Featuring the famous singer on the front cover of sheet music of the time must have been intended as a sales draw. The images of her on most of the items are somewhat exaggerated. Tiny feet and a minute waist, probably the result of that most tortuous of Victorian fashion paraphernalia, the corset or stays. One wonders if she did succumb to such fashion pressures – it would have been a miracle if she ever managed to have enough breath to sing wearing such a garment. Compare the images of her on the copies of sheet music to the daguerreotype of her taken in 1850

Another piece of sheet music featuring Jenny Lind and by engraver or lithographer John Brandard is La figlia del reggimento polka (The daughter of the regiment) published in 1847. The image is a “Portrait of Madlle Jenny Lind in the character of Maria in Donizetti’s opera La Figlia del Reggimento.” Jenny is portrayed again in a calf-length dress, this time in black and red, with military-like epaulettes, and a smart hat with red ribbons. Yet again she is depicted with impossibly tiny feet and waist. Her rosy complexion is enhanced with pink colouring on her cheeks. She has obviously attracted the attention of the three soldiers posing behind her, looking on admiringly as she salutes onlookers. The polka is ‘composed on the most admired melodies from Donizetti’s opera by Jullien,’ who is also the publisher of the music (Jullien & Co, 214 Regent St London). I presume this is an arrangement of Donizetti’s original, but Jullien is keen to take the credit having labelled the work ‘Jullien’s celebrated Polkas, No 16.

Sheet music cover for La figlia del reggimento polka. John Johnson Collection: Music Titles 5 (88)
Sheet music cover for La figlia del reggimento polka. John Johnson Collection: Music Titles 5 (88)















Jenny Lind appears on the title page of another piece from the same work “The songs in La figlia del reggimento” translated by Charles Jefferys who appeared to be doing well out of Ms Lind’s fame. This item is a chromolithograph printed in colour with gold embellishment. The songs are from the second act of the opera, and Jenny has foregone her military outfit for a spectacular pale blue dress with ruching, lace and decorated with pink roses. Looking like the belle of the ball, a satin clad toe peeps out from under the hem, and she holds a large white handkerchief trimmed with lace.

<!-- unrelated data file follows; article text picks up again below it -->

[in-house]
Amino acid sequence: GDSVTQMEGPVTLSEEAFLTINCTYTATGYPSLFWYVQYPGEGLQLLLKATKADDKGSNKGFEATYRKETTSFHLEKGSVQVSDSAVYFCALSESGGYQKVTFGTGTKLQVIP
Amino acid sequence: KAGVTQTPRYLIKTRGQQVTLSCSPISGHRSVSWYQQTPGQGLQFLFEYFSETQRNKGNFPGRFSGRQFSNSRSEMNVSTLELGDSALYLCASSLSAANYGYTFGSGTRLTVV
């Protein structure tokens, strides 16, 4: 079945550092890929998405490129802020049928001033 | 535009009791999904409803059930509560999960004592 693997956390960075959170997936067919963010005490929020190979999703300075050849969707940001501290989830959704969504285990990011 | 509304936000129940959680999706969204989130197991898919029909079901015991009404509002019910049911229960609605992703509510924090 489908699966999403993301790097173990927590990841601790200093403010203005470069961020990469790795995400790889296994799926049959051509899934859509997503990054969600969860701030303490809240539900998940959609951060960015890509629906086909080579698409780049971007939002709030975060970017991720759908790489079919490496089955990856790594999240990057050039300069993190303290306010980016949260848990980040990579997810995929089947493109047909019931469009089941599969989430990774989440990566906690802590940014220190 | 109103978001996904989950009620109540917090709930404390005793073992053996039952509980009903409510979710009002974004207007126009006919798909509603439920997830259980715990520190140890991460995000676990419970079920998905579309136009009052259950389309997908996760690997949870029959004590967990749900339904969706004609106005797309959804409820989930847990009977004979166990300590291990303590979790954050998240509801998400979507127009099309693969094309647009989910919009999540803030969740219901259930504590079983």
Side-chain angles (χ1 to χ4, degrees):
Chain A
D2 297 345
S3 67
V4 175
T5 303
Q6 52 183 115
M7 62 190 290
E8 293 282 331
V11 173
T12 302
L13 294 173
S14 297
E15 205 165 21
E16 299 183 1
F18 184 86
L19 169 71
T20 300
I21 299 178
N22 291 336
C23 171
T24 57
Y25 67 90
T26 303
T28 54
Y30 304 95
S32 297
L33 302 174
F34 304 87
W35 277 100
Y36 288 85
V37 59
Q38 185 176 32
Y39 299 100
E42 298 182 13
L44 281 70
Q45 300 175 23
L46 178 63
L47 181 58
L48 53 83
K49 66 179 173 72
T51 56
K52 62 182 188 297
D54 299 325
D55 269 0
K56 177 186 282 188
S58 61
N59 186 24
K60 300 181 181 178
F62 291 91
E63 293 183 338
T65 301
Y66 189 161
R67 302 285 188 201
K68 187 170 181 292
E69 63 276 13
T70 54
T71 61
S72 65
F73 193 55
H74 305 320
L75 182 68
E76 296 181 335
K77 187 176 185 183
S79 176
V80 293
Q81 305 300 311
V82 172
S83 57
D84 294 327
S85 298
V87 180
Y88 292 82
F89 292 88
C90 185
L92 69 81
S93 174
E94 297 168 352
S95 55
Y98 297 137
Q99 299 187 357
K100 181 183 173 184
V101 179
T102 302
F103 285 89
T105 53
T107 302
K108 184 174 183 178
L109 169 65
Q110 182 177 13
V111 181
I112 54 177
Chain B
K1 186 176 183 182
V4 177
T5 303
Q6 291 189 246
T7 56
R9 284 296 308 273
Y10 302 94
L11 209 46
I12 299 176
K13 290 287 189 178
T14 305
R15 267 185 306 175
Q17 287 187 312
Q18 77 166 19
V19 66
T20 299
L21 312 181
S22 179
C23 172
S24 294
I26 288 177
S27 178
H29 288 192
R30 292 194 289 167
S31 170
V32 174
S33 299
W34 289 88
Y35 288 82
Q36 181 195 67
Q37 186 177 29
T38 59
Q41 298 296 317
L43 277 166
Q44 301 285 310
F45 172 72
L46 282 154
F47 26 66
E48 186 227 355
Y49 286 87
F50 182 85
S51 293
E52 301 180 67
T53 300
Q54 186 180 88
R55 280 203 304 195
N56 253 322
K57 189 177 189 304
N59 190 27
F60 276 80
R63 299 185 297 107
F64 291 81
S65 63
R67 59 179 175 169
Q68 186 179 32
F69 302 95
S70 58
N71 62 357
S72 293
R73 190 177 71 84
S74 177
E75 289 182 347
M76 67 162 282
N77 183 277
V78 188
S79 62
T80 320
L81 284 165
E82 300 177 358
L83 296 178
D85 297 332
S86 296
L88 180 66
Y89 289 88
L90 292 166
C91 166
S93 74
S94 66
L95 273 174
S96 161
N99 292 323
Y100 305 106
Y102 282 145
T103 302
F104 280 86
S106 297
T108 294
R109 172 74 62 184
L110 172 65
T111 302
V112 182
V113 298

Such was Jenny’s fame that her name was used to attract purchasers to buy ‘Two fantasias for the pianoforte on the favourite airs sung by Madlle. Jenny Lind.’ The fact that the melodies were Jenny’s favourites was enough to attract people to buy this piano music.

Jenny was reported to be friends with the composers Mendelssohn and Chopin, but was famous in her own right. She topped the bill on a booklet listing the programme of events for 1847 at Her Majesty’s Theatre above ‘that great composer The Chevalier Meyerbeer’ and even above the planned visits by composers Mendelssohn and Verdi.

She sang to Queen Victoria, and her likeness was added to the spectacle of Madame Tussaud’s waxworks alongside other new additions, William Shakespeare and Sir Francis Bacon. According to the advert held by the John Johnson collection, if one visited the exhibition between 12am and 10pm there was ‘Increased orchestra.’ In 1882 Jenny Lind was appointed professor of singing at the Royal College of Music in London.

Jenny Lind went on tour to the USA, a visit arranged, somewhat surprisingly given her choice of repertoire, by the famous circus impresario, P. T. Barnum. Sadly there are no surviving recordings of Jenny Lind singing – we can only imagine the beauty of her voice. She is commemorated by a marble monument in Poet’s Corner in Westminster Abbey, London.

To see the items featured above together with a number of other works that feature Jenny Lind, go to ProQuest’s The John Johnson Collection: an archive of printed ephemera

Hint: open the ProQuest database before clicking on the hyperlinks.

There you can discover plenty of images for other ephemera too – for inspiration try clicking on the ‘select from a list’ links.